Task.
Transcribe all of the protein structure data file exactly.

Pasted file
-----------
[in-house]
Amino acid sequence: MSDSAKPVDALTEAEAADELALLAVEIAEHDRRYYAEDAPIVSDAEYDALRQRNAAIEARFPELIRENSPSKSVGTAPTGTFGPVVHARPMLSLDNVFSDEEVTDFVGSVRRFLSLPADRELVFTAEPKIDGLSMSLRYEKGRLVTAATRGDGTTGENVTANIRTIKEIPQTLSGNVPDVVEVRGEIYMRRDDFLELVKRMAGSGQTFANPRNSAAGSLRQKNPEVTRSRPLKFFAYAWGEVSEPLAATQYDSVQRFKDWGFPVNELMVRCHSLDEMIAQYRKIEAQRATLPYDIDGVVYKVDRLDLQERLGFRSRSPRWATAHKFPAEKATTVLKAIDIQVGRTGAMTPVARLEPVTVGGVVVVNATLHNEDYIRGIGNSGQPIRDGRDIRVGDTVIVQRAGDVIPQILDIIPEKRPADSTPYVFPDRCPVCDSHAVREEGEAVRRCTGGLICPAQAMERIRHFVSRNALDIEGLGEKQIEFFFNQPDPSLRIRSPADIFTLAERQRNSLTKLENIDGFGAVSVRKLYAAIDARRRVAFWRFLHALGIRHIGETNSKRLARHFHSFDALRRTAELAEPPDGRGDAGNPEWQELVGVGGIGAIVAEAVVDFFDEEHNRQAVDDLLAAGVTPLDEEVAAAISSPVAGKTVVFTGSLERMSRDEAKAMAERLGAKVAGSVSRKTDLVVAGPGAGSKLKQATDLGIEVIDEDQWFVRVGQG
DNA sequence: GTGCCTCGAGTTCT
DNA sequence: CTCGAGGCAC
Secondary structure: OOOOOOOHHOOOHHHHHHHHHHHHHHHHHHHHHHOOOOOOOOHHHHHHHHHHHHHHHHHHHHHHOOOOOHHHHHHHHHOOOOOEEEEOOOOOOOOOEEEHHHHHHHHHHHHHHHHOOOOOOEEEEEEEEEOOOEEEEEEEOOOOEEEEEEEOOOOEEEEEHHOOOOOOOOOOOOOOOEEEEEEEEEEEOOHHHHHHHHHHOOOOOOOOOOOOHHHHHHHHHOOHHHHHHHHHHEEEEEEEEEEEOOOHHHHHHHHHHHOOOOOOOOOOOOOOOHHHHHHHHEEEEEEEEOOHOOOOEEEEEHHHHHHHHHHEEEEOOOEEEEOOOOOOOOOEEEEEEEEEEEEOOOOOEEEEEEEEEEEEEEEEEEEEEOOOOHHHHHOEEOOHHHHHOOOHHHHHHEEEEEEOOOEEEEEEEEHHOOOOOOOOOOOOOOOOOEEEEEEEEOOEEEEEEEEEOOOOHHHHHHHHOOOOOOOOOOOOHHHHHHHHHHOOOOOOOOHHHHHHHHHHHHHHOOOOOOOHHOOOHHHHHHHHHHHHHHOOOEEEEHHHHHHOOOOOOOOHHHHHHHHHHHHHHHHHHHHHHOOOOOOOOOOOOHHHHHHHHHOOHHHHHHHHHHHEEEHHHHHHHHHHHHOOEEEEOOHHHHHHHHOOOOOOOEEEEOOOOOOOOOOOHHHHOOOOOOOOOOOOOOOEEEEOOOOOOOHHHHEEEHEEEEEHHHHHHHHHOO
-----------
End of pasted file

[in-house]
Amino acid sequence: MSDSAKPVDALTEAEAADELALLAVEIAEHDRRYYAEDAPIVSDAEYDALRQRNAAIEARFPELIRENSPSKSVGTAPTGTFGPVVHARPMLSLDNVFSDEEVTDFVGSVRRFLSLPADRELVFTAEPKIDGLSMSLRYEKGRLVTAATRGDGTTGENVTANIRTIKEIPQTLSGNVPDVVEVRGEIYMRRDDFLELVKRMAGSGQTFANPRNSAAGSLRQKNPEVTRSRPLKFFAYAWGEVSEPLAATQYDSVQRFKDWGFPVNELMVRCHSLDEMIAQYRKIEAQRATLPYDIDGVVYKVDRLDLQERLGFRSRSPRWATAHKFPAEKATTVLKAIDIQVGRTGAMTPVARLEPVTVGGVVVVNATLHNEDYIRGIGNSGQPIRDGRDIRVGDTVIVQRAGDVIPQILDIIPEKRPADSTPYVFPDRCPVCDSHAVREEGEAVRRCTGGLICPAQAMERIRHFVSRNALDIEGLGEKQIEFFFNQPDPSLRIRSPADIFTLAERQRNSLTKLENIDGFGAVSVRKLYAAIDARRRVAFWRFLHALGIRHIGETNSKRLARHFHSFDALRRTAELAEPPDGRGDAGNPEWQELVGVGGIGAIVAEAVVDFFDEEHNRQAVDDLLAAGVTPLDEEVAAAISSPVAGKTVVFTGSLERMSRDEAKAMAERLGAKVAGSVSRKTDLVVAGPGAGSKLKQATDLGIEVIDEDQWFVRVGQG
DNA sequence: GTGCCTCGAGTTCT
DNA sequence: CTCGAGGCAC
Secondary structure: OOOOOOOHHOOOHHHHHHHHHHHHHHHHHHHHHHOOOOOOOOHHHHHHHHHHHHHHHHHHHHHHOOOOOHHHHHHHHHOOOOOEEEEOOOOOOOOOEEEHHHHHHHHHHHHHHHHOOOOOOEEEEEEEEEOOOEEEEEEEOOOOEEEEEEEOOOOEEEEEHHOOOOOOOOOOOOOOOEEEEEEEEEEEOOHHHHHHHHHHOOOOOOOOOOOOHHHHHHHHHOOHHHHHHHHHHEEEEEEEEEEEOOOHHHHHHHHHHHOOOOOOOOOOOOOOOHHHHHHHHEEEEEEEEOOHOOOOEEEEEHHHHHHHHHHEEEEOOOEEEEOOOOOOOOOEEEEEEEEEEEEOOOOOEEEEEEEEEEEEEEEEEEEEEOOOOHHHHHOEEOOHHHHHOOOHHHHHHEEEEEEOOOEEEEEEEEHHOOOOOOOOOOOOOOOOOEEEEEEEEOOEEEEEEEEEOOOOHHHHHHHHOOOOOOOOOOOOHHHHHHHHHHOOOOOOOOHHHHHHHHHHHHHHOOOOOOOHHOOOHHHHHHHHHHHHHHOOOEEEEHHHHHHOOOOOOOOHHHHHHHHHHHHHHHHHHHHHHOOOOOOOOOOOOHHHHHHHHHOOHHHHHHHHHHHEEEHHHHHHHHHHHHOOEEEEOOHHHHHHHHOOOOOOOEEEEOOOOOOOOOOOHHHHOOOOOOOOOOOOOOOEEEEOOOOOOOHHHHEEEHEEEEEHHHHHHHHHOO